To validate the reference genes selected by the four algorithms, the genes were used as reference genes for the measurement of the relative expression of Tri m4, a gene that encodes aminopeptidase and is known to be upregulated in the presence of keratin and elastin as inducers19. Elevated Tri m4 expression was detected in T. interdigitale growing under inducing conditions only when the two internal controls psm1 and adp-rf, which were selected as the most stable internal controls by the four algorithms, were used in combination (Fig. 6). Upregulation was detected neither for the least stable pair of reference genes (set B) nor for the whole set of eight candidate genes (set C). These results clearly confirmed that the chosen best pair of internal control genes can be preferentially used for RT-qPCR normalization in the case of T. interdigitale grown under the described experimental conditions.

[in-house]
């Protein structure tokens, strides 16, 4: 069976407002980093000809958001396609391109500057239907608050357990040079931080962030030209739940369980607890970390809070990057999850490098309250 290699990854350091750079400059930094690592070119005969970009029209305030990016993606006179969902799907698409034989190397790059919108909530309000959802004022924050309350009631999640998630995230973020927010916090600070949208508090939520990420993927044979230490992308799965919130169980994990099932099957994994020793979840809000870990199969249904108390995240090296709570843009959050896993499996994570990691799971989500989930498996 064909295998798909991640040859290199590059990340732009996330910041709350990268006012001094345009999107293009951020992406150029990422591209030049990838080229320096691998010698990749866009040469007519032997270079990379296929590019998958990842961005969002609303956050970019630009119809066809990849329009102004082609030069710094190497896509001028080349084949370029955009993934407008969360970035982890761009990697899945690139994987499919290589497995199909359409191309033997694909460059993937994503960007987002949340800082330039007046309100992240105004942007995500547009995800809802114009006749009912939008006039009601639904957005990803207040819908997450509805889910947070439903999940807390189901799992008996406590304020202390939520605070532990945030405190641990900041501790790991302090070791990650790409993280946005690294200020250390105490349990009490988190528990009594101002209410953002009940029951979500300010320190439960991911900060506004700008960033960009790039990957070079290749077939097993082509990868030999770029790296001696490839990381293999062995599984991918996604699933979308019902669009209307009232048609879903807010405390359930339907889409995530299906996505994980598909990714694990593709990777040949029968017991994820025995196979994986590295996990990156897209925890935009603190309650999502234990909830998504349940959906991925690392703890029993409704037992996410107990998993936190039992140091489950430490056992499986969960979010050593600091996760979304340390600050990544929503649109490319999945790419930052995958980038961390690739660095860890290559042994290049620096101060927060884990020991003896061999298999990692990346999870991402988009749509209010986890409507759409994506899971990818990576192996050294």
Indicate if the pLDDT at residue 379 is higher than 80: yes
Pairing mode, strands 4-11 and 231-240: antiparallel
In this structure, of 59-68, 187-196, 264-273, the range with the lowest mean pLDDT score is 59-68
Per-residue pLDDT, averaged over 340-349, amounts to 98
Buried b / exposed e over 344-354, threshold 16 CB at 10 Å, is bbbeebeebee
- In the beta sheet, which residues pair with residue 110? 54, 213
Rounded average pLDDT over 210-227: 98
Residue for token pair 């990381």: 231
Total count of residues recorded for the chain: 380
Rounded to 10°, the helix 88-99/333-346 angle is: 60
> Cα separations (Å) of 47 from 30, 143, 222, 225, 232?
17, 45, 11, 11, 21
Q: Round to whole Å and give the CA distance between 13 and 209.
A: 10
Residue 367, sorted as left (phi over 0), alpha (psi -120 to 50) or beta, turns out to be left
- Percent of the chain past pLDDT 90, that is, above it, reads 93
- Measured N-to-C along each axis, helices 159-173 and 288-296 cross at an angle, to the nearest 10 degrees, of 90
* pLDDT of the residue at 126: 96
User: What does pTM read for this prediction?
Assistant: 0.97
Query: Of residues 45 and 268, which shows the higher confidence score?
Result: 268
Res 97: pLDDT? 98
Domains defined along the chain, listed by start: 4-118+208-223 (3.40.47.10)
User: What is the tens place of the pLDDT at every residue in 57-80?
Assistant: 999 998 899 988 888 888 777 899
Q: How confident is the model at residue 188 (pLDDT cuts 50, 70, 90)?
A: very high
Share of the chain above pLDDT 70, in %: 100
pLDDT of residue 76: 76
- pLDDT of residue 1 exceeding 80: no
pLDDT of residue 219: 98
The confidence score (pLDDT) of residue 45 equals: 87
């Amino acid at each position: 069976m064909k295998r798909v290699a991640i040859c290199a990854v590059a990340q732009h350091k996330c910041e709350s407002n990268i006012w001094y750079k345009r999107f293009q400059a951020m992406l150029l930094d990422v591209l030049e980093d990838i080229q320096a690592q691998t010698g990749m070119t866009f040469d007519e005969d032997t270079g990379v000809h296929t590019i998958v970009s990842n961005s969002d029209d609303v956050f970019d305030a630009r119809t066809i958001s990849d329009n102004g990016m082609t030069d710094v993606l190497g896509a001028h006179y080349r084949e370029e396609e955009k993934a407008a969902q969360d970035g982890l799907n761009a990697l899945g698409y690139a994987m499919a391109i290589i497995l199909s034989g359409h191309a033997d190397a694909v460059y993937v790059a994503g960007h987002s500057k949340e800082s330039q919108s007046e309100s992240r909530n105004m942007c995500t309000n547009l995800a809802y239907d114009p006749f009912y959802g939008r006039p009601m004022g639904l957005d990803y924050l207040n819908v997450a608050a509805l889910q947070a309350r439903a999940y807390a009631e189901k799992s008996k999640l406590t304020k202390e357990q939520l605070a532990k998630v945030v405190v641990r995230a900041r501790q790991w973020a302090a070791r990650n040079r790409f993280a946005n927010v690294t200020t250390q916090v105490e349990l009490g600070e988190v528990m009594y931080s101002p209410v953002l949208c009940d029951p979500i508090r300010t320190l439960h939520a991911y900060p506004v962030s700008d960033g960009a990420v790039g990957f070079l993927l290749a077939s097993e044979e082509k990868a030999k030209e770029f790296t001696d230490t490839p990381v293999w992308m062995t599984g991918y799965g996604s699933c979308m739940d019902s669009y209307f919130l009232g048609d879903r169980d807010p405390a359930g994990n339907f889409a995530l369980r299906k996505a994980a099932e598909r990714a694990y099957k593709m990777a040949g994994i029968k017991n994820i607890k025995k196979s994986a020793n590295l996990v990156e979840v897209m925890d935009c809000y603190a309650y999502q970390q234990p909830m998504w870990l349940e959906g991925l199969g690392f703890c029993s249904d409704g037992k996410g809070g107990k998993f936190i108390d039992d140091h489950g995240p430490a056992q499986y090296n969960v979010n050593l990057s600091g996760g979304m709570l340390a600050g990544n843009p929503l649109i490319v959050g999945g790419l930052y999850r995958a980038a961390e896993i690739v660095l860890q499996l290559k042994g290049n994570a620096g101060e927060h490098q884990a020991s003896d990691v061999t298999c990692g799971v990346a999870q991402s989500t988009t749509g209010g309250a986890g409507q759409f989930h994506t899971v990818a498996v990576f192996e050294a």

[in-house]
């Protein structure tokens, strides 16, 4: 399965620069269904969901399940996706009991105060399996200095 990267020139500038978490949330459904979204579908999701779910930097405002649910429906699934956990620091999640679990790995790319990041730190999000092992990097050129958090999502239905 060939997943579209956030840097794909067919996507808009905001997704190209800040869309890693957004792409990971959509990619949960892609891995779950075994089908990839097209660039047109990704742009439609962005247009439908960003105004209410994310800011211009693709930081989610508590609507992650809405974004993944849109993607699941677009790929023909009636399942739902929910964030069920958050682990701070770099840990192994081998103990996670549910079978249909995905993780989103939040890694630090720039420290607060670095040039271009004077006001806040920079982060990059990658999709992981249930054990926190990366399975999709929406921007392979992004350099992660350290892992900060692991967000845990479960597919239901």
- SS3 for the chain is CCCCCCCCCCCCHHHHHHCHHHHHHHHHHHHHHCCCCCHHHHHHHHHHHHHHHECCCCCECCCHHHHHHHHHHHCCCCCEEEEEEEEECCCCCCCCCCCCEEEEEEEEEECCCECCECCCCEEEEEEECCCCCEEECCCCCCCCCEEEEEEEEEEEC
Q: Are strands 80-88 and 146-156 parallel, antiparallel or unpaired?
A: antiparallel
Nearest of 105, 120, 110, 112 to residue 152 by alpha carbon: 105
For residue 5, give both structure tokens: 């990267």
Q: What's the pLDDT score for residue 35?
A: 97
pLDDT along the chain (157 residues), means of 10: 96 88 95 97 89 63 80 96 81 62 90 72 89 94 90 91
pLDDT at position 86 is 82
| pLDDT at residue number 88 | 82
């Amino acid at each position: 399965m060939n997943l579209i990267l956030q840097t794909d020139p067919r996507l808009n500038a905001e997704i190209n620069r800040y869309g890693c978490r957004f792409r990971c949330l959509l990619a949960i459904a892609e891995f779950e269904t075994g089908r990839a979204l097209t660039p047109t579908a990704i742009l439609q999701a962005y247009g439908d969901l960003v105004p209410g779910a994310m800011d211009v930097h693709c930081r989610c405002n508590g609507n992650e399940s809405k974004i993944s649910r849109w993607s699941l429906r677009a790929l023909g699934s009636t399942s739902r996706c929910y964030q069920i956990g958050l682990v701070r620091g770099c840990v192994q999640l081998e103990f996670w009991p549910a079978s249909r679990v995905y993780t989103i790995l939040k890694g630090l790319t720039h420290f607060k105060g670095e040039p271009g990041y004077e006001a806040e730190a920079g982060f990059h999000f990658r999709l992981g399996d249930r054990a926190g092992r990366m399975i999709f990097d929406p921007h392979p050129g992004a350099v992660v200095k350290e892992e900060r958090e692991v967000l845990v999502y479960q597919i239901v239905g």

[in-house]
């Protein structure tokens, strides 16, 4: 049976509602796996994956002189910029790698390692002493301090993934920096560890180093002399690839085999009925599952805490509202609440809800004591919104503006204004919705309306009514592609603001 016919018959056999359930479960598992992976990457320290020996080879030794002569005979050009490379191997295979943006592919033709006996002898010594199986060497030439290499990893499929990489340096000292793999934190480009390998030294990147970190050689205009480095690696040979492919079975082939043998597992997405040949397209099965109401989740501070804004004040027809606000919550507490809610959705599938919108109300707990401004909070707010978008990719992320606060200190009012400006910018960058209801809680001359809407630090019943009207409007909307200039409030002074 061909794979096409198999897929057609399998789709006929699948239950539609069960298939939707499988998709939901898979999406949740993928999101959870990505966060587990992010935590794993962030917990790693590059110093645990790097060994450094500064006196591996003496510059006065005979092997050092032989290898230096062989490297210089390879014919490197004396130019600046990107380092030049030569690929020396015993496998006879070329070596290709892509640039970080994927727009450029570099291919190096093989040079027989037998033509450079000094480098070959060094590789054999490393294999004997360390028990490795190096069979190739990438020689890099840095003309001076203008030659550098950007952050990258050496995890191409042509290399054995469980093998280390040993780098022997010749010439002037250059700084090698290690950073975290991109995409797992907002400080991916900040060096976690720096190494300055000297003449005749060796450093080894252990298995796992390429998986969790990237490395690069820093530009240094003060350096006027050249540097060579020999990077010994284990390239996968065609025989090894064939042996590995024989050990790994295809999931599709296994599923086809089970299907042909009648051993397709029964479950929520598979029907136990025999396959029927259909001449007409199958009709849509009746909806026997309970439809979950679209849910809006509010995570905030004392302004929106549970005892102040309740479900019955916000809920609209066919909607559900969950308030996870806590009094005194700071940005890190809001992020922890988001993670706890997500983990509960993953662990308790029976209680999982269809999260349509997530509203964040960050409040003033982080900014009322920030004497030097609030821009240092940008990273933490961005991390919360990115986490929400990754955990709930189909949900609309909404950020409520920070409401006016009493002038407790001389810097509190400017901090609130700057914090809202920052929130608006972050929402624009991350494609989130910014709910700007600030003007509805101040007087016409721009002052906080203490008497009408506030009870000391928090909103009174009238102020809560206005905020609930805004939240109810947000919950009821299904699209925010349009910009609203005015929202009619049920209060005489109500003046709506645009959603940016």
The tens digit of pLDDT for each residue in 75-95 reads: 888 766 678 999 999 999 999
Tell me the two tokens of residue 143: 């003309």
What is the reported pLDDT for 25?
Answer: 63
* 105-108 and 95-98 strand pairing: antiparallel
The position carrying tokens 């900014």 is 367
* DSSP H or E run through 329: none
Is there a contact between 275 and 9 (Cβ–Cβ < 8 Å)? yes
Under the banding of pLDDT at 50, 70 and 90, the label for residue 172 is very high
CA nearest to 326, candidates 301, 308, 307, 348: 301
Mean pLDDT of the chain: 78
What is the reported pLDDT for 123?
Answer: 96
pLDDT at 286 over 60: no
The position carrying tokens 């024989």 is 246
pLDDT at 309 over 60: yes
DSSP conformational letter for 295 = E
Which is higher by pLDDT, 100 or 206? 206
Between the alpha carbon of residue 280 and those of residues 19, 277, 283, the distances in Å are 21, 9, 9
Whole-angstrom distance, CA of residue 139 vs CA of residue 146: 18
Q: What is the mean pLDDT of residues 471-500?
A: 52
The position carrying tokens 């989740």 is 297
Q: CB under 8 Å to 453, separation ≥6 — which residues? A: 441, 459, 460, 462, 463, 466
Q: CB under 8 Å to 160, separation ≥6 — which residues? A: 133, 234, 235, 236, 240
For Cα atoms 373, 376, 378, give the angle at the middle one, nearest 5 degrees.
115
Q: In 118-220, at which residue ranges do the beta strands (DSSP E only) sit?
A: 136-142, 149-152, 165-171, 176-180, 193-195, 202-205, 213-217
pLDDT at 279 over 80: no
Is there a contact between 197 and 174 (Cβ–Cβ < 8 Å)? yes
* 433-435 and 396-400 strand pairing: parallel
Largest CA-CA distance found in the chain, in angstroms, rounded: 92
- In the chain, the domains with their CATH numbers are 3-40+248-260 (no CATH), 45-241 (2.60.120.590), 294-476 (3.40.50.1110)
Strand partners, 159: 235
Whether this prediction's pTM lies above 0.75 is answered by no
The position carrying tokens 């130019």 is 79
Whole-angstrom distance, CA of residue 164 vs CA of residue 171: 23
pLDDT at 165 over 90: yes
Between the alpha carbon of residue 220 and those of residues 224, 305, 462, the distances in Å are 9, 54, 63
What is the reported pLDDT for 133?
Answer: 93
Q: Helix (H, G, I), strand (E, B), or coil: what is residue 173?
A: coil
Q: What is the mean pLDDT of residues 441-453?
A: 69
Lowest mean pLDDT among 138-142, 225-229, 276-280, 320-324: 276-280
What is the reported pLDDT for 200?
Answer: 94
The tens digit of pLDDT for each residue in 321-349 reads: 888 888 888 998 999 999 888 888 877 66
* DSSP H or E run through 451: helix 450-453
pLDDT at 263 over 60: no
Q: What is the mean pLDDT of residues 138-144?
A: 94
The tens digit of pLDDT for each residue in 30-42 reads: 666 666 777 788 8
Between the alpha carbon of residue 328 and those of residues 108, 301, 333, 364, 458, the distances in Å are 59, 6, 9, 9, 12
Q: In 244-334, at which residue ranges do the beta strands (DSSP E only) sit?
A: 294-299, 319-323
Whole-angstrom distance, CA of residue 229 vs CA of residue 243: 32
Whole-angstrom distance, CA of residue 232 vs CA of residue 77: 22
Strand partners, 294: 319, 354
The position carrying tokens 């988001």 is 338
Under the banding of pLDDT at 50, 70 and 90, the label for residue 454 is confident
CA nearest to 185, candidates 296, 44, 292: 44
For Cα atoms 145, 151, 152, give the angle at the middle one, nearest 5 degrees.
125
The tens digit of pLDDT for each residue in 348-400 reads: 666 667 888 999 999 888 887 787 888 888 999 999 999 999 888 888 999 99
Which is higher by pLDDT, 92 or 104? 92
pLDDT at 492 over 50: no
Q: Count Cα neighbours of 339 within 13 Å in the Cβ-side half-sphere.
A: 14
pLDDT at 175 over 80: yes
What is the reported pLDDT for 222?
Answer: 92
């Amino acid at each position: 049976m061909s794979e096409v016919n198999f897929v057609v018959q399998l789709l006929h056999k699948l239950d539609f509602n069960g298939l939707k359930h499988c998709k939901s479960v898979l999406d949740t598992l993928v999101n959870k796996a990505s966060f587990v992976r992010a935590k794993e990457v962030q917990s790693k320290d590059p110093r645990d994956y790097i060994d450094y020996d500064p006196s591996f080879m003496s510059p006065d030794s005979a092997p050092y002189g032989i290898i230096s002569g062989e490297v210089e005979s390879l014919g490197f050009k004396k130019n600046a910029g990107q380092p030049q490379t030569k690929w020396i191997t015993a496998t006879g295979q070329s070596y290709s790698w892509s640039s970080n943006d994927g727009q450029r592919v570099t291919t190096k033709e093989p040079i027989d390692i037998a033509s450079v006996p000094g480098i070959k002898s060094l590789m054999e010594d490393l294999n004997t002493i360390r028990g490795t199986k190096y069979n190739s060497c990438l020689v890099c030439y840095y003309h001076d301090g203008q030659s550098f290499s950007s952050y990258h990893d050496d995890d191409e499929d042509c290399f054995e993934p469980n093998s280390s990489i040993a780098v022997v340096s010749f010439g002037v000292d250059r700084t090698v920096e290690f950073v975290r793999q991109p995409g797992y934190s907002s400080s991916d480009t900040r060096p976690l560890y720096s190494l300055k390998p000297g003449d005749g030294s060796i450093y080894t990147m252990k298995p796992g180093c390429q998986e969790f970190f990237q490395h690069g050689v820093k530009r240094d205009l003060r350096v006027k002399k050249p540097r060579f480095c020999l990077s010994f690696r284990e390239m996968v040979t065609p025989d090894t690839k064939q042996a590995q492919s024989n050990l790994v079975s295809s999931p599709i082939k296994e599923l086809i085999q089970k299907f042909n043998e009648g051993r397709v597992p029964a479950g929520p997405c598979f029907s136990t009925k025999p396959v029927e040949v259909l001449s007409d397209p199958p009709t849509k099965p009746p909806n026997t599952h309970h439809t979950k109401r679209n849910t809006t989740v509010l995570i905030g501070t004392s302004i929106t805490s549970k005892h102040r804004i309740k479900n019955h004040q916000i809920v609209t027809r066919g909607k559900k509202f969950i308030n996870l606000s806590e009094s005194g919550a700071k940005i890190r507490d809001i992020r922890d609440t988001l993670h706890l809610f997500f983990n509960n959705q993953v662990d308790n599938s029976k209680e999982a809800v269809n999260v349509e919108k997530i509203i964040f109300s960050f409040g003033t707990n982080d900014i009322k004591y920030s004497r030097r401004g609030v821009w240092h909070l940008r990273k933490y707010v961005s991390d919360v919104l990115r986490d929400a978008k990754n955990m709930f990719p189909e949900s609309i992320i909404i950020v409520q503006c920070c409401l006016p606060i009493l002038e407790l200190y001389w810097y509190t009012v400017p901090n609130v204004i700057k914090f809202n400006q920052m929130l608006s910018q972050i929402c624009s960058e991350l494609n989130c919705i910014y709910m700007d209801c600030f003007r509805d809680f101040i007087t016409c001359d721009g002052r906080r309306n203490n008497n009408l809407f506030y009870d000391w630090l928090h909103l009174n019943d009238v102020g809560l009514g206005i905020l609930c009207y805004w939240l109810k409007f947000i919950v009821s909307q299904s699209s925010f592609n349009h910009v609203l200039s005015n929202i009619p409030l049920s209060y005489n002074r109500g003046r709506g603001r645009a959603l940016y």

The present study was the first attempt to identify and validate T. interdigitale internal control genes. The psm1 and adp-rf genes were found to be the most stable reference genes appropriate for gene expression analysis in T. interdigitale. The use of these genes as internal controls may further improve the robustness of RT-qPCR for T. interdigitale grown under adhesion-inducing conditions.
Materials and Methods
Reference gene selection and primer design
Twelve putative candidate reference genes (adp-rf, β-act, β-tub, ef1-α, fis1, gapdh, mbp1, psm1, sdha, rpl2, rGTPa and ubc) (Table 1 and Supplementary Table S2) were chosen in the present study based on the NCBI database (http://www.ncbi.nlm.nih.gov) and our previous study11. Primers were designed and theoretically evaluated using Primer 3 software38. PCR products within the 80–150 bp range were obtained only in the case of 8 candidates (adp-rf, β-act, ef1-α, gapdh, psm1, sdha, rpl2 and ubc), and these genes were analysed by PCR in a Gradient Thermal Cycler T1000 (BioRad) (Table 1, Supplementary Fig. S1B).
Fungal material and growth conditions